My MLB At Bat app brought the above video to my attention today.
The brief description:
Jaime Barria and Brandon Belt face off in a 21-pitch duel to set the record for the most pitches in an MLB at-bat in the modern era
Here’s the NYT’s report on what happened: “21 Pitches, 16 Fouls, 12 Minutes: Brandon Belt’s Marathon At-Bat.”
It reminds me of one of my favorite books from my youth, The Kid Who Batted 1.000, by Bob Allison and Frank Ernest Hill.
I read it over and over when I was a kid, checking it out from the school library multiple times to do so. Then I went years without seeing a copy, and had thought it was something I’d never see again, until my wife found a dog-eared copy that had belonged to one of her brothers. So I got to read it as an adult, and enjoyed it just as much.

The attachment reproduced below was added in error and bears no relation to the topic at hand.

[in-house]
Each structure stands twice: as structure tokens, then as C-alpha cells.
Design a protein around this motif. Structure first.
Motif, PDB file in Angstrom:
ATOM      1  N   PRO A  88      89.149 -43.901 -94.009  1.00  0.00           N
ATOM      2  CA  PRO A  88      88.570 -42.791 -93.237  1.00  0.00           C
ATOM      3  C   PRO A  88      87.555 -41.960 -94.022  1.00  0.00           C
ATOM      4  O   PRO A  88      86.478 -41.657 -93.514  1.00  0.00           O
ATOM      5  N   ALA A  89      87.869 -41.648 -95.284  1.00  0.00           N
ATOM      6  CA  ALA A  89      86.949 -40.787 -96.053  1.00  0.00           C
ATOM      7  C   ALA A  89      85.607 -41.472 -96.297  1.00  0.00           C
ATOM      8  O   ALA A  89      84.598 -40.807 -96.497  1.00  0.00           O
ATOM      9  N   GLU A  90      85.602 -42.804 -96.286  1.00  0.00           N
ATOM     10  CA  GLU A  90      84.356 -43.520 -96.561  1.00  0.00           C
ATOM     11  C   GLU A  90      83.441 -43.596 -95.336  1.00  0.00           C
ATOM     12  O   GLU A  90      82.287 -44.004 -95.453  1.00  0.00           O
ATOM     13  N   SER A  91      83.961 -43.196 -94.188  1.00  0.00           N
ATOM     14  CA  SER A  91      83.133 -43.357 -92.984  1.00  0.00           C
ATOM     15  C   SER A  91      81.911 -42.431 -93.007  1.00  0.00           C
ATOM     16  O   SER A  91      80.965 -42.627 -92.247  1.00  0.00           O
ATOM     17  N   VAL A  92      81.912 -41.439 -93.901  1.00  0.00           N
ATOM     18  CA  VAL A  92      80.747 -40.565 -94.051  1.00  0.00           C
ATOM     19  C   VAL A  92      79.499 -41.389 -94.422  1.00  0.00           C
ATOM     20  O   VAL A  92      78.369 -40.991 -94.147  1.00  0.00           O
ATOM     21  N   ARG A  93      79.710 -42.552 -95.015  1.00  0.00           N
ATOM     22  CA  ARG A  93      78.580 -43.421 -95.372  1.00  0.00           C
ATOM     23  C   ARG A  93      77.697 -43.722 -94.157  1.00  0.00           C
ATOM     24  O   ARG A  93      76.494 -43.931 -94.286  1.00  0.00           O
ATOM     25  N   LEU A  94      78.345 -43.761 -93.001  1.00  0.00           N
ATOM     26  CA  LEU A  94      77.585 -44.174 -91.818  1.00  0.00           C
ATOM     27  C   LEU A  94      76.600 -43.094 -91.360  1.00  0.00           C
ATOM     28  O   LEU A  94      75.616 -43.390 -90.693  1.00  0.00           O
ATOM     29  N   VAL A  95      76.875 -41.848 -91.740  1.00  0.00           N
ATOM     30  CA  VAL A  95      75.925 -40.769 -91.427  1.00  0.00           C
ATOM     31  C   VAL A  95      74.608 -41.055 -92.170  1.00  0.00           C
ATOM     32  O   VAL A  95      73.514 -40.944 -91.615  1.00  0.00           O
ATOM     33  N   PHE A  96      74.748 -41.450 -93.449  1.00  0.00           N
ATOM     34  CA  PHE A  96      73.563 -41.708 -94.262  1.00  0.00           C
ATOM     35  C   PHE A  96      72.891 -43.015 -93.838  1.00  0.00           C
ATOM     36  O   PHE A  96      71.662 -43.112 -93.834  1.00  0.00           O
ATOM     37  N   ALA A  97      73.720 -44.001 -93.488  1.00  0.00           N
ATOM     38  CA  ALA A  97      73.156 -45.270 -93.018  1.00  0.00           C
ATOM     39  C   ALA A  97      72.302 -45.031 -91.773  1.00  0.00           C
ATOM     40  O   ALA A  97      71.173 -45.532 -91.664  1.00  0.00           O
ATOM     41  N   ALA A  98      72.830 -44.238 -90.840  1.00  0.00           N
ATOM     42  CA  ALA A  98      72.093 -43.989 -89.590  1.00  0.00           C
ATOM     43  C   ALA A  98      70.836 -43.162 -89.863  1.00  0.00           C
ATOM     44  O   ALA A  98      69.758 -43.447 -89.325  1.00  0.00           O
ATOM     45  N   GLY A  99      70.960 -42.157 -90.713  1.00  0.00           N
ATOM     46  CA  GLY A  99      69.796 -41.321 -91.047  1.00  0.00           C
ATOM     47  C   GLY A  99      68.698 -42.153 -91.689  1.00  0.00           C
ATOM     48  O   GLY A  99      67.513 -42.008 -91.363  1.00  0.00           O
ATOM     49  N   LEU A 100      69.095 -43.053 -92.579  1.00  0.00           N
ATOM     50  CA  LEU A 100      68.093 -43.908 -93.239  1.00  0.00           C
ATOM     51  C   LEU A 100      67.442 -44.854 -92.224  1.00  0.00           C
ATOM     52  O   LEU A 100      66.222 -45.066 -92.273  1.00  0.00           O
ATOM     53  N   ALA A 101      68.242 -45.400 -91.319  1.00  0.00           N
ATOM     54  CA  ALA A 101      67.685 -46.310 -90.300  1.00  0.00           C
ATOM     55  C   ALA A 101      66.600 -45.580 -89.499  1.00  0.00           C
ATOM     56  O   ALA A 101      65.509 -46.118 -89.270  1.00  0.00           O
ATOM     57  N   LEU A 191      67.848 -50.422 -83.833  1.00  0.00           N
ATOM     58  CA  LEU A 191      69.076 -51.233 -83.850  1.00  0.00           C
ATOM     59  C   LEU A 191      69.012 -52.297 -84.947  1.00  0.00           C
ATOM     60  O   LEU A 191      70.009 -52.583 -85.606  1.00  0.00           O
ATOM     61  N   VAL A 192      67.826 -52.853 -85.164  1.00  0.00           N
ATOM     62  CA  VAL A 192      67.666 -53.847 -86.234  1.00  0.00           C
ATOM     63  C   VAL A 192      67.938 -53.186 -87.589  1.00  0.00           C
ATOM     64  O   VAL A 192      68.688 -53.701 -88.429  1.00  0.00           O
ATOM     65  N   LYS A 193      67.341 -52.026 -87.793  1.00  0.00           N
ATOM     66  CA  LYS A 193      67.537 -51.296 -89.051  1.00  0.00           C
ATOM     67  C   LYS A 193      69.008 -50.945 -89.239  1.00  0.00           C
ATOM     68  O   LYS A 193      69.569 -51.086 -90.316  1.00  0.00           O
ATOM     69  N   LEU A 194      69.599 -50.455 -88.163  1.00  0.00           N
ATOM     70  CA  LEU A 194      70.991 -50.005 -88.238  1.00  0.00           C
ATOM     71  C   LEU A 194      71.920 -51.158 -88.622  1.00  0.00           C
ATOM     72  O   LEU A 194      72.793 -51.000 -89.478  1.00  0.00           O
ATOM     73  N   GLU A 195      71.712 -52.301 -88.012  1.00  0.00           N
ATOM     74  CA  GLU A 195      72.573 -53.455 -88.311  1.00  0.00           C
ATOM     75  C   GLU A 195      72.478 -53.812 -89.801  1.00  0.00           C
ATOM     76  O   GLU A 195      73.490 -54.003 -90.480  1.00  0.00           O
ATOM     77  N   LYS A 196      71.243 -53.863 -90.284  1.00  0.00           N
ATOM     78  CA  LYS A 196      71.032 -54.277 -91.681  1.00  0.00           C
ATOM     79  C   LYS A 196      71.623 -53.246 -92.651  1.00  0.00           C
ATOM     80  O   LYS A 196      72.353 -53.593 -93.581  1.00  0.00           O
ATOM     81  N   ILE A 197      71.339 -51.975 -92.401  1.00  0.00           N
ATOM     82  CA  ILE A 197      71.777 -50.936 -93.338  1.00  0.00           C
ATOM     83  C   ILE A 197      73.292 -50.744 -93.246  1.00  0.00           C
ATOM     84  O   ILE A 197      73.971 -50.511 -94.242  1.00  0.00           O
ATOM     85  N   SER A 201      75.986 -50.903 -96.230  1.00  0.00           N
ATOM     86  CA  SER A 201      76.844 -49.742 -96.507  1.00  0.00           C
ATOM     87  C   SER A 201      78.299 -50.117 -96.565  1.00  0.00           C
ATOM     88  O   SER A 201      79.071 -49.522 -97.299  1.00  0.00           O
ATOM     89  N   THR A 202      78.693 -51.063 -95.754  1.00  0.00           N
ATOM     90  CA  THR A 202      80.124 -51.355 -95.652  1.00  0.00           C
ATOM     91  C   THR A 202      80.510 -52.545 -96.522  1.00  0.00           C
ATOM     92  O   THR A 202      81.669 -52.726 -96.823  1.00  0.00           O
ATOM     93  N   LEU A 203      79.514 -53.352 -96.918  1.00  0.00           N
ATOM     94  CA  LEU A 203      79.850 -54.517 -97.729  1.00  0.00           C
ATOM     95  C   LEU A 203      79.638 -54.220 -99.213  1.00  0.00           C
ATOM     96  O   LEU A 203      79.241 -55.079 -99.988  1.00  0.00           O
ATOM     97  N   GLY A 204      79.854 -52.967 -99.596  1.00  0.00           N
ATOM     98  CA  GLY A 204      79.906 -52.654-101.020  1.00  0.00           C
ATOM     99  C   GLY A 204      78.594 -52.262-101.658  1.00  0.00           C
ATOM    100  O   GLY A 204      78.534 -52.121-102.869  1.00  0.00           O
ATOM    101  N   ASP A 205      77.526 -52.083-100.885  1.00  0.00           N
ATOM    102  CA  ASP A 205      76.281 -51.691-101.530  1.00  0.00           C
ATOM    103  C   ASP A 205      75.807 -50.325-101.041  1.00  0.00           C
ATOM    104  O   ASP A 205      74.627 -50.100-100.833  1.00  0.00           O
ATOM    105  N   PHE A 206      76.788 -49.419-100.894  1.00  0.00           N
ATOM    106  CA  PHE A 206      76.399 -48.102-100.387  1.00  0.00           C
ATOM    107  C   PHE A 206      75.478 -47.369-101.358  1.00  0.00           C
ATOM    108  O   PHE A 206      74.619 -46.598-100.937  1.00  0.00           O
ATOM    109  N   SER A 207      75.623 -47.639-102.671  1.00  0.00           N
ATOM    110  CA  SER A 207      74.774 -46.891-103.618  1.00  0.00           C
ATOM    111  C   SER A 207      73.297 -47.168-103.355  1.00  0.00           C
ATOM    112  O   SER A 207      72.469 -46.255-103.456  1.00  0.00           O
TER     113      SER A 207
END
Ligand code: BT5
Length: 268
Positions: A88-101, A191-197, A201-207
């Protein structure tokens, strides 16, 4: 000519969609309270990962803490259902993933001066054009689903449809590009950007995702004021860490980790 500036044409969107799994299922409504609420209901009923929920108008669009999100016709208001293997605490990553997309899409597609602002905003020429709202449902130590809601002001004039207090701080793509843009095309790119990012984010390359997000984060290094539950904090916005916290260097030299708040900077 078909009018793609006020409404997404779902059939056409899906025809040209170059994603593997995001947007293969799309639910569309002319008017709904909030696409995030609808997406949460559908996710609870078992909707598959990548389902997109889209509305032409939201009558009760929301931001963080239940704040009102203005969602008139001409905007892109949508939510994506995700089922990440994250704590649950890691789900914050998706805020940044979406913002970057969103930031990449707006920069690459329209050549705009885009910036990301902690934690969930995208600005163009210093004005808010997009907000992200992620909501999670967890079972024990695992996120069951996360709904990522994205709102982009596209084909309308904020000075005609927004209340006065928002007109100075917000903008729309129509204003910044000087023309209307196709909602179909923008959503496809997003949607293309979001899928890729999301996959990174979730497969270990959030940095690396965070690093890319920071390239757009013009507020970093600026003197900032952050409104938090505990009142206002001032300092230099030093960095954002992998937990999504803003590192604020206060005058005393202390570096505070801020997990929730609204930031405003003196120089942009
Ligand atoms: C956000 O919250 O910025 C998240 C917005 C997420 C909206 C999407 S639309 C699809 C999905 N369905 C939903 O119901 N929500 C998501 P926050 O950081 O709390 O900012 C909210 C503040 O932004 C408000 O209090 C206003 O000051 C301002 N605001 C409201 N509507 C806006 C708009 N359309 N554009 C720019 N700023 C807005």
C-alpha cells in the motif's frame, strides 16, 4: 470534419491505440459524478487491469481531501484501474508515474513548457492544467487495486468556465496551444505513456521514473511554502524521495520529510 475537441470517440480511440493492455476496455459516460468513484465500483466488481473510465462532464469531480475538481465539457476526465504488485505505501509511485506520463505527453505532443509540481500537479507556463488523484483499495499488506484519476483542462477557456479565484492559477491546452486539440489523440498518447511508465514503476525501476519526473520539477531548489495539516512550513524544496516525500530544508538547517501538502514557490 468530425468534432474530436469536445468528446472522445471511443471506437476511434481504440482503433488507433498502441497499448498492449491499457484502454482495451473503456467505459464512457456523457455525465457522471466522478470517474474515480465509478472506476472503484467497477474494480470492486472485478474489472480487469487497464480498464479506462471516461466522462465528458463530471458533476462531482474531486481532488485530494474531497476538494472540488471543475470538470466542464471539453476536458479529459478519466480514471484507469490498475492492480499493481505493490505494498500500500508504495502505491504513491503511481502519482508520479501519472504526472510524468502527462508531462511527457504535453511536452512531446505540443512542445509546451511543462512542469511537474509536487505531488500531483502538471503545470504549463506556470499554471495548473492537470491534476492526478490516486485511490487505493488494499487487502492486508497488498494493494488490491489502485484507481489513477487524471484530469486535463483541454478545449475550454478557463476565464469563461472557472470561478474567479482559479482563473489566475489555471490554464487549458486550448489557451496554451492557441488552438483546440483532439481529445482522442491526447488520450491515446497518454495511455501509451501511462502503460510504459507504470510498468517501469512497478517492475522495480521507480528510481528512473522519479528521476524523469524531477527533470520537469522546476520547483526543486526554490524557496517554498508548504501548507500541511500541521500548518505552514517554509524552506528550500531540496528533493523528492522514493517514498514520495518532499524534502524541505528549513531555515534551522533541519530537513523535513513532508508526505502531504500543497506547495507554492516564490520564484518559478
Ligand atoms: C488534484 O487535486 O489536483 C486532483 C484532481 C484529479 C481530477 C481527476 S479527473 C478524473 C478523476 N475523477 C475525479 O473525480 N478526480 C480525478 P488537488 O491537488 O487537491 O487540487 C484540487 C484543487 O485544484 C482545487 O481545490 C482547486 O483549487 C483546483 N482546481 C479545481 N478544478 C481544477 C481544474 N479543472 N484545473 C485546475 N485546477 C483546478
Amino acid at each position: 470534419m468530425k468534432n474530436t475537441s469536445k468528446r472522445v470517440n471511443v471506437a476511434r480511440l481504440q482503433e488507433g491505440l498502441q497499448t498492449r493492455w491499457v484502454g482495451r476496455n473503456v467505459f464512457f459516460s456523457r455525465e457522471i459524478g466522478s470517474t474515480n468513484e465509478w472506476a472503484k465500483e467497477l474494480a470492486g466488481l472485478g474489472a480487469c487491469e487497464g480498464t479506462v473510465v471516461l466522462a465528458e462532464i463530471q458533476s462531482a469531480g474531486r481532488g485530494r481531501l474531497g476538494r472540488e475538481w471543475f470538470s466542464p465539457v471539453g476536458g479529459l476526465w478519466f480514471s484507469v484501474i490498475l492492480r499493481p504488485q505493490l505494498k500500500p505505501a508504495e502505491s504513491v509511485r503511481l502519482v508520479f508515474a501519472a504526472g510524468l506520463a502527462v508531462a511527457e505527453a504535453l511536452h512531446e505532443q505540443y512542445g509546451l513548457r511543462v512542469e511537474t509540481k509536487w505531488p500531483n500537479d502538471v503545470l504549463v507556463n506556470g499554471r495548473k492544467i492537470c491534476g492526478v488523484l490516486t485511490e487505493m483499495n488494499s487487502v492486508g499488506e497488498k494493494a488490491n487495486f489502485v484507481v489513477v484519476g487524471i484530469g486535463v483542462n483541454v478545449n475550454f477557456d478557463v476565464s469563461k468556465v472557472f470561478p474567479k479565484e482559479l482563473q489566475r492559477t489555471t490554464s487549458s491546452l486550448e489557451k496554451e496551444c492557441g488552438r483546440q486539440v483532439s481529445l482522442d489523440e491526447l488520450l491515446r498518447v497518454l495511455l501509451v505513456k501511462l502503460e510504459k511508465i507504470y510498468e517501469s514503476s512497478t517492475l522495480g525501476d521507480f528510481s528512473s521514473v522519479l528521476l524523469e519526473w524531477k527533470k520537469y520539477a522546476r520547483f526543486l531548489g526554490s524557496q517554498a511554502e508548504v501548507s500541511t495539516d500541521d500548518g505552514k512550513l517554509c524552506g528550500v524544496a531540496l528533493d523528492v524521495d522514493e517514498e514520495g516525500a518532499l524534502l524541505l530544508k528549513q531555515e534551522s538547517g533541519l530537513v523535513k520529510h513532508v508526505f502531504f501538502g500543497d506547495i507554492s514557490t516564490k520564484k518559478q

If you’re not familiar with it, it’s the story of Dave King, a farmboy who is discovered to have a weird talent: He can foul off any pitch thrown by any pitcher. He gets signed to a Major League team and leads it out of the cellar because he always draws walks — usually after wearing down and shattering the nerves of the opposing pitcher.
Finally, in the last game of the World Series, he hits a home run, thereby earning a batting average of 1.000 — albeit only in postseason play.
It’s great. If you can find a copy, I do recommend picking one up…
By the way, the real-life batter, Brandon Belt, didn’t quite equal Dave King’s achievement. After those 21 pitches, the Giants first-basemen flies out to right field…